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MARKET COMMENTARY - September 1, 2019

Knock ‘em down!
Roll ‘em ‘round!
Go!  Defense!  Go!

With the fall and football seasons upon us, we were recently reminded of all the efforts taken by participants on and off the field.  And here, we refer not only to players, but staff, band members, announcers, concession workers, bus drivers, and cheerleaders.  In the uncomplicated, quixotic era of our youth, whenever our team didn’t have the ball, our cheerleaders would simply shout, DEFENSE!  The fans would respond by clapping twice.  That humble chant could go on for many minutes.  In hindsight, it is humorous just how satisfying it had felt back then.

Clients are wisely asking questions about shifting from an offensive strategy in their portfolios to a defensive one.  They are quite right to note that the recovery since the Great Recession had become aged compared to others.  And there are a couple more explicit signs that not everything is rosy.  The Treasury Yield Curve has inverted in the 2-year versus 10-year maturities, a traditional sign of an end to swinging times.  Global manufacturing activity has stalled in recent months as companies elect to reduce inventories rather than build new.

Nonetheless, we continue to believe there are reasons to remain cautiously optimistic.  First, we’ll address what we think might be the most worrisome sign listed above.  The yield curve inversion has been fairly accurate at predicting recessions (with a lag time of well over a year).  It is always dangerous to start tossing around the idea that “it’s different this time” with regard to markets, because usually it’s not different this time.  However, there are some very important STRUCTURAL changes in the bond markets that were NOT in place during ANY of the prior yield curve inversions.  Things like negative interest rates, bloated central bank balance sheets, and politically charged central bank environments are new.  The details of these changes could be the topic of an entire commentary on their own.  So, suffice it to say that these changes might mean the strength of the inversion signal is weakened.

Second, manufacturing activity grew at quite astounding rates in the past two years.  As measured by the World Manufacturing PMI, growth has faded, contracting a tiny bit for a couple months straight.  Likewise, global trade volumes declined a fraction for the last few months.  If this were to continue, then it may be the first domino to begin a cascade of events leading us directly into the next recession.  However, it is too early to tell.  And, since so many other indicators don’t point to an imminent recession, we must interpret these weaker readings as either transient or red herrings.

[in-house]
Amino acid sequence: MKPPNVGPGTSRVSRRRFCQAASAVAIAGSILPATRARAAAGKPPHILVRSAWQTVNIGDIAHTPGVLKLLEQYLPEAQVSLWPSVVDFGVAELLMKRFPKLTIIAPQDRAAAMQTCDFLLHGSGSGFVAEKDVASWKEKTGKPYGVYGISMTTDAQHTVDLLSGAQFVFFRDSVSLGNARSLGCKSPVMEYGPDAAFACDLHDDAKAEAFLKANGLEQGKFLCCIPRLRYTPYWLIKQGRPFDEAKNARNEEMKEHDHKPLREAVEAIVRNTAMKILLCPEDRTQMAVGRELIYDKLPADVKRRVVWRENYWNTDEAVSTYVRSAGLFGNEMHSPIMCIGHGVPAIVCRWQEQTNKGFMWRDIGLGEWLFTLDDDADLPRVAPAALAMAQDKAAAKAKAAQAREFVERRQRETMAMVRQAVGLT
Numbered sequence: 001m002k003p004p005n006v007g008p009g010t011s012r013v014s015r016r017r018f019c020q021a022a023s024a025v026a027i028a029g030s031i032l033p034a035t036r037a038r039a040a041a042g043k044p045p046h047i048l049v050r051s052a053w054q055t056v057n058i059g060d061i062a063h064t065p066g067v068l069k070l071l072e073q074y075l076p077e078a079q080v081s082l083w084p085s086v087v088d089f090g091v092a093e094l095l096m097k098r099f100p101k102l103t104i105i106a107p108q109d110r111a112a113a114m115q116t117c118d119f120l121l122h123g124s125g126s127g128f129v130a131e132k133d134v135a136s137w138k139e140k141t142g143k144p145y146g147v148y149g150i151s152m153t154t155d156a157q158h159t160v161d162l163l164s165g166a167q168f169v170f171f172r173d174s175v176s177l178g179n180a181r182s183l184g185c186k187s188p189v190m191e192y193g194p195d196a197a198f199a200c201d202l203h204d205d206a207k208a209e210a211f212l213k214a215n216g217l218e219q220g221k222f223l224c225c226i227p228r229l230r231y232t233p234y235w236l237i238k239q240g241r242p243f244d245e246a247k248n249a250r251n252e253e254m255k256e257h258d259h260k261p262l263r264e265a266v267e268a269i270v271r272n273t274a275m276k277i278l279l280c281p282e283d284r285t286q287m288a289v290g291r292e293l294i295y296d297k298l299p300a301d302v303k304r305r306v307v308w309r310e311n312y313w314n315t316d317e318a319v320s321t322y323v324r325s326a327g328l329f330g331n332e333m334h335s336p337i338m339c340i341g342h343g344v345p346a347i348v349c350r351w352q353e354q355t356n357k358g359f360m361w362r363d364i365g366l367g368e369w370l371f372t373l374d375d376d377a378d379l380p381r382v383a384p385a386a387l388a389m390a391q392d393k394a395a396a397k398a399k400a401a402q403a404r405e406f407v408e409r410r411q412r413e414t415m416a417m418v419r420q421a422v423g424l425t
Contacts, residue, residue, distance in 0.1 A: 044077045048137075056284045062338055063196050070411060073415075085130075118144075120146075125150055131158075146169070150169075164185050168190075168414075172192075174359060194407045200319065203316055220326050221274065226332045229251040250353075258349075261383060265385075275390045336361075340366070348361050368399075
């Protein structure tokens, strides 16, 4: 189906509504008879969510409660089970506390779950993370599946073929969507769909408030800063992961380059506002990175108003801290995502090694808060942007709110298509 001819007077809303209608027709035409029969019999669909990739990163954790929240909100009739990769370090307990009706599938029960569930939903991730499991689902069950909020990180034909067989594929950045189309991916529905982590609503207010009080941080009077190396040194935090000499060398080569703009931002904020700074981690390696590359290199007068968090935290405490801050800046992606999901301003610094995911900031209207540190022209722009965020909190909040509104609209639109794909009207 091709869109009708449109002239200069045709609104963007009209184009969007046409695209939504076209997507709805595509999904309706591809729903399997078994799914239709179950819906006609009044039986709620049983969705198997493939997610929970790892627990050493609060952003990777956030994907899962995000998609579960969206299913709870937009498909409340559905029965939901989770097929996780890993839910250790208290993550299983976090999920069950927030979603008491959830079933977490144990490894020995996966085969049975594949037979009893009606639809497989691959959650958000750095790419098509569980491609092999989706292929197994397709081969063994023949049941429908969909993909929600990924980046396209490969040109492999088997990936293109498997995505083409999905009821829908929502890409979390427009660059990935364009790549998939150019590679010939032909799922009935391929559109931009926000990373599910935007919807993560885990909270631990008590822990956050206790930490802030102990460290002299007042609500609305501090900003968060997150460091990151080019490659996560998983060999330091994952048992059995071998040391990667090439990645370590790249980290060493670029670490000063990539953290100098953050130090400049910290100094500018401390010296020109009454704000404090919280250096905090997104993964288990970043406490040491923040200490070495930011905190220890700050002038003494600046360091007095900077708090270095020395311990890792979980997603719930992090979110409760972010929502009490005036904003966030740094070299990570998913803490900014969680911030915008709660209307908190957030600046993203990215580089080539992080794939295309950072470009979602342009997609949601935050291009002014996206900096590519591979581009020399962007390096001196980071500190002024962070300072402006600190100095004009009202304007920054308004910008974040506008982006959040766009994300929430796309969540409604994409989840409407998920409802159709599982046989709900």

Moving onto the more positive aspects of the economy, consumers remain confident, with the latest report at 18-year highs!  Personal spending continues to expand.  And personal debt levels remain well below anything we saw leading into the Great Recession.  Unemployment claims are low.  Inflation is tame.  Economic growth is in the middle of its historic range.  Corporate revenue and earnings growth as a whole remain firm.  And the service economy (versus the manufacturing economy mentioned earlier) is still expanding globally, adding employment and seeing low, steady, wage growth.

And finally, onto trade, the topic that newscasters and peers can’t seem to stop discussing.  We didn’t list it above as a glaring negative sign because RIGHT NOW it still is NOT.  Clearly, the China/US trade talks and punitive tit for tat tariffs act as a governor against economic growth.  However, quietly in the background, the US has entered into new trade agreements with four of our top seven trading partners.  Canada, Mexico, South Korea, and Japan have all reached trade deals.  Two more, the UK and Germany, are closing in on deals that probably won’t be able to be finalized until after the BREXIT drama unwinds on Halloween.  In number terms, more than $1.5 trillion of trade have been negotiated and agreed upon.  China accounts for another $660 billion and is significant.  But by itself, the current course of the disputes ought NOT completely destroy growth.

In short, with all the caveats you might expect, we believe that the more appropriate cheer for us may be offensive rather than defensive.  1st and 10!  Do it again!

Stirling Bridge Wealth Partners, LLC is fortunate to count many of you as clients.  In the good times and bad, we remain committed to providing customized investment solutions and robust financial planning wrapped in a package of exceptional service.  We thank each of you for your dedication to us and for your trust.

Jason Born, CFA

Premier asset management firm guiding clients over life's flowing waters.